A touchscreen interface dubbed CUE governs the CTS' infotainment system. It responds to pinches, swipes, and zooms, as well as proximity. With all those dazzling features and its crisp, colorful screens, it should be a knockout. It isn't. Voice commands get spotty recognition, and the swipe and tap functions probably would be better served by hard buttons. CUE can also be run by steering-wheel switches that display functions in the gauges--or on some models, replace the gauges entirely.

Key features on the CTS include parking assist, ambient lighting, heated and ventilated 20-way adjustable front seats, Bose Centerpoint audio, and remote start. The real sign you've arrived? The CTS has a power-operated cover for its cupholders.

 

 

Read our most recent full review on the carry-over Cadillac CTS Coupe, Wagon, and CTS-V

6

2014 Cadillac CTS

Fuel Economy

A 30-mpg highway rating for four-cylinders is solid, but the rest of the CTS lineup is much less miserly.

The CTS sedan will get better gas mileage this year, thanks to a newly adopted eight-speed automatic and thanks to a new turbo-4.

That base 4-cylinder also appears in the ATS. In the CTS with rear-wheel drive, it's rated by the EPA at 20/30 mpg or 23 combined. With all-wheel drive, the figures fall to 19/28 mpg, or 22 combined.

The mid-range V-6 gets the EPA nod at 19/28 mpg in rear-drive form with an 8-speed automatic. With the 6-speed and all-wheel drive, it's pegged at 18/26 mpg, or 21 combined.

VSport sedans are rated at 17/25 mpg.

Cadillac isn't planning any hybrid CTS, but it does fit the car with active grille shutters to smooth the air that rushes over the front end.

 


Read our most recent full review on the carry-over Cadillac CTS Coupe, Wagon, and CTS-V

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April 6, 2017
2014 Cadillac CTS 4-Door Sedan 2.0L Turbo Luxury RWD

Too many minor problems

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The car dealer said there is nothing wrong with the systems I am having problems with.
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July 6, 2016
2014 Cadillac CTS 4-Door Sedan 3.6L Twin Turbo Vsport Premium RWD

Everything I need in a sports sedan.

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A rational sports vehicle with useful luxury features.
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May 4, 2016
2014 Cadillac CTS 4-Door Sedan 2.0L Turbo AWD

Quality, style, technology and pure Cadillac comfort.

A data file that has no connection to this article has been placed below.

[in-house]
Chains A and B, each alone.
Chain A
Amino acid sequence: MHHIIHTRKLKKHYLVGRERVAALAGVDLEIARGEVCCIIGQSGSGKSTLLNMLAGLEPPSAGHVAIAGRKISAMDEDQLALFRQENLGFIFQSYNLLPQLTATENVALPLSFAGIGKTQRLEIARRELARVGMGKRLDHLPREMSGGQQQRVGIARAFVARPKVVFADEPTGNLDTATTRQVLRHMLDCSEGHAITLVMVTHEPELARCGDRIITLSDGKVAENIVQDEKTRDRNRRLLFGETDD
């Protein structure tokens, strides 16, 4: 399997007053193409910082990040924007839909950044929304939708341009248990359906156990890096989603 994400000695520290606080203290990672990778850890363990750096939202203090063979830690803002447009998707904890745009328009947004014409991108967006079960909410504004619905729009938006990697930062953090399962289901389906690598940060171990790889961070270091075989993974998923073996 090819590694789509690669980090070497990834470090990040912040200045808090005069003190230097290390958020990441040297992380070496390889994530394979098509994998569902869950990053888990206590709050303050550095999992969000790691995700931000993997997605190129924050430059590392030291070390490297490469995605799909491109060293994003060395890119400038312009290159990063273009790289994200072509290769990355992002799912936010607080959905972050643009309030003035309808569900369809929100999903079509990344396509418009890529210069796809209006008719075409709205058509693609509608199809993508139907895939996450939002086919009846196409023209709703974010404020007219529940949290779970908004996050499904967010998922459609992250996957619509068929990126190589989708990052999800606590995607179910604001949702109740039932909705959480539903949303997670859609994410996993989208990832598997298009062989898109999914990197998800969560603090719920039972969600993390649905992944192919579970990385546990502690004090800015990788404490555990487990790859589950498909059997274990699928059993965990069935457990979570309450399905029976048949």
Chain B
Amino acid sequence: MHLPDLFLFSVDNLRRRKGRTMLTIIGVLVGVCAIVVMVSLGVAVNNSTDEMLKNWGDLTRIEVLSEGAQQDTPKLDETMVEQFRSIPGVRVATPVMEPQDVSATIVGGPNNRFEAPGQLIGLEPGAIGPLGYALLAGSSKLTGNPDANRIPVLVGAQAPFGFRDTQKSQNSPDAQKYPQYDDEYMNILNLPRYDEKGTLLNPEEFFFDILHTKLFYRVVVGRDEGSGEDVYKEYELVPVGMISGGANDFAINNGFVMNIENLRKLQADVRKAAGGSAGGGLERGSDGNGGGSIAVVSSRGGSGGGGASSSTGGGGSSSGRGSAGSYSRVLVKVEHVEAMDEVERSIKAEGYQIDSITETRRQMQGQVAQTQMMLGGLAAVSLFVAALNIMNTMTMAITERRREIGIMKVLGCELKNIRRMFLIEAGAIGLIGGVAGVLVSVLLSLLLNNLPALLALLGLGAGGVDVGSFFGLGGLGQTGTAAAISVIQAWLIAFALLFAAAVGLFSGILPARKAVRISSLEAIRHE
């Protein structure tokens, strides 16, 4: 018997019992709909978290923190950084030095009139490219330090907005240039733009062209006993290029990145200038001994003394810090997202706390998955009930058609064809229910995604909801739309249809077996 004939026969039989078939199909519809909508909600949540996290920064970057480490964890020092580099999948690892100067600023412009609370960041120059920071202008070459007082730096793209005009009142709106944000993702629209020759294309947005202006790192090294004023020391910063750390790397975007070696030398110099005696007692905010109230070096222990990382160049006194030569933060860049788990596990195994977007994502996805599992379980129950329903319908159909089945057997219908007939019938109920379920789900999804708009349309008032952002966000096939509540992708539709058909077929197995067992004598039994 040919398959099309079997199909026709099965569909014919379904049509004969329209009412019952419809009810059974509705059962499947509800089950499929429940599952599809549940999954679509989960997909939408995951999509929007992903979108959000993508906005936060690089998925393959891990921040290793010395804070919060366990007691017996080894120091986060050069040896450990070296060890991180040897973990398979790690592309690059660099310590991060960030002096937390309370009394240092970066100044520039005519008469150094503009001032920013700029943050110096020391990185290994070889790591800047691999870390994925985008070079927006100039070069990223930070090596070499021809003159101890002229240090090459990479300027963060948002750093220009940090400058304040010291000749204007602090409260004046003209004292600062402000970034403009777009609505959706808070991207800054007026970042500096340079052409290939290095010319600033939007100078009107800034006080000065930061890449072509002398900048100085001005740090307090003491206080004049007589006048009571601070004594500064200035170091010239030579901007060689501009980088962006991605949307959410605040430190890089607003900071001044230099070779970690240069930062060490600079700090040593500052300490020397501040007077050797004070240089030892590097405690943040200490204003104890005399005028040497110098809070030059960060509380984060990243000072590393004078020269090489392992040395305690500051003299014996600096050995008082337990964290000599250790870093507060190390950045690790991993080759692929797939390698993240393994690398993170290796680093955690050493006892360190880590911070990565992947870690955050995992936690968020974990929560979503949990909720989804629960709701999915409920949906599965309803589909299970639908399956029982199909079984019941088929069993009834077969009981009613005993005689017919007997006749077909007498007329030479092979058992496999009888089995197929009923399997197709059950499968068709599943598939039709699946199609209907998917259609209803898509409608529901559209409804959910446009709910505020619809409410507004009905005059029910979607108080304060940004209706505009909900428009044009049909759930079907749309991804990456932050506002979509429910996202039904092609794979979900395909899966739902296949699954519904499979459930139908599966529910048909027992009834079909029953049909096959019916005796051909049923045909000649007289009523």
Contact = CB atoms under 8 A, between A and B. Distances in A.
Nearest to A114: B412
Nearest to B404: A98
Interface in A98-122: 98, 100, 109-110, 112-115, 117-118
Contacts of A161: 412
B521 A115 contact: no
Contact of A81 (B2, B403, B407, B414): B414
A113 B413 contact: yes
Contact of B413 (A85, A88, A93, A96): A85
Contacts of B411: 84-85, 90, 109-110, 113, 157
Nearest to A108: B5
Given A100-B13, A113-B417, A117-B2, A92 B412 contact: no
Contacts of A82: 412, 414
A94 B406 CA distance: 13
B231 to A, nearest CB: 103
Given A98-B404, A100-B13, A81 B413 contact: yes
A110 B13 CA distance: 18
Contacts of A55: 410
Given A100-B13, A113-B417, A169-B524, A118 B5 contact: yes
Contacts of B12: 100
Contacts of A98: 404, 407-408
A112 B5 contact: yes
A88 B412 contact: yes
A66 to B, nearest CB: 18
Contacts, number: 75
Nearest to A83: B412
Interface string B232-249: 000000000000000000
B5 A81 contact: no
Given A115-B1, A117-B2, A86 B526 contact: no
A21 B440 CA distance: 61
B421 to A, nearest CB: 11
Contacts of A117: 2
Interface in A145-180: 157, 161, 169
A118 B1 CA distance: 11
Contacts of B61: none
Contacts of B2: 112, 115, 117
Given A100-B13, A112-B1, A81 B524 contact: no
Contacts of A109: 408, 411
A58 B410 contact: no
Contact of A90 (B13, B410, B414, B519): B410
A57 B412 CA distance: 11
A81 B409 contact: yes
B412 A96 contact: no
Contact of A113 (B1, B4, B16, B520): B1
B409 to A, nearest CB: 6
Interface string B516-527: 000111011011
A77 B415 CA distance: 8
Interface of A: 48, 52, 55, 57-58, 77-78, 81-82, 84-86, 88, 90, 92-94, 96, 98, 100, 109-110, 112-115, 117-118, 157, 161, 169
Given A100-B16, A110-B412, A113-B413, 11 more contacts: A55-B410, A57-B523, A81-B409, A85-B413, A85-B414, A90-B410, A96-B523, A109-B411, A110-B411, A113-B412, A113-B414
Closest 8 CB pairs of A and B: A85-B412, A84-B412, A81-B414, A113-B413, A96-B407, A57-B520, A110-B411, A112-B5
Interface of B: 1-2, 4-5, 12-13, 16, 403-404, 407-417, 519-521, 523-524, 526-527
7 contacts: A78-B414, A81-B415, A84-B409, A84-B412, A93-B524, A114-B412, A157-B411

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Great ride (quite & powerful). Technology abounds. Style is exceptional. Truly a quality Cadillac.
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April 13, 2016
2014 Cadillac CTS 4-Door Sedan 3.6L Premium RWD

Best bang for the busck in mid-size

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Love the way it looks and the way it drives. The steering and control I feel when driving the car is very enjoyable and was more enjoyable than for the equivalent BMWs (5 series) when I bought my car (2014). I... + More »
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September 17, 2015
2014 Cadillac CTS 4-Door Sedan 3.6L Performance AWD

Classy, sexy and Elegant

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Love my CTS , when I drive up in my car it turns heads every time ! Love the ride , the looks and comfort . This car does turn me on :)
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April 17, 2015
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My 2014 CTS VSport Exceeds My Expectations

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I have had my 2014 CTS VSport (Performance) since 2/14/15 (two months) and I am pleased with virtually every aspect of this car, with a few exceptions. I specifically looked for this model and when I found a... + More »
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April 13, 2015
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My review for my 2014 CTS Sedan Luxury

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I just have the vehicle for about 6 weeks. Love the front exterior of the vehicle and the technology is 5 star. Not happy with the windshield wipers, regarding the cleaning of the windshield and the placement... + More »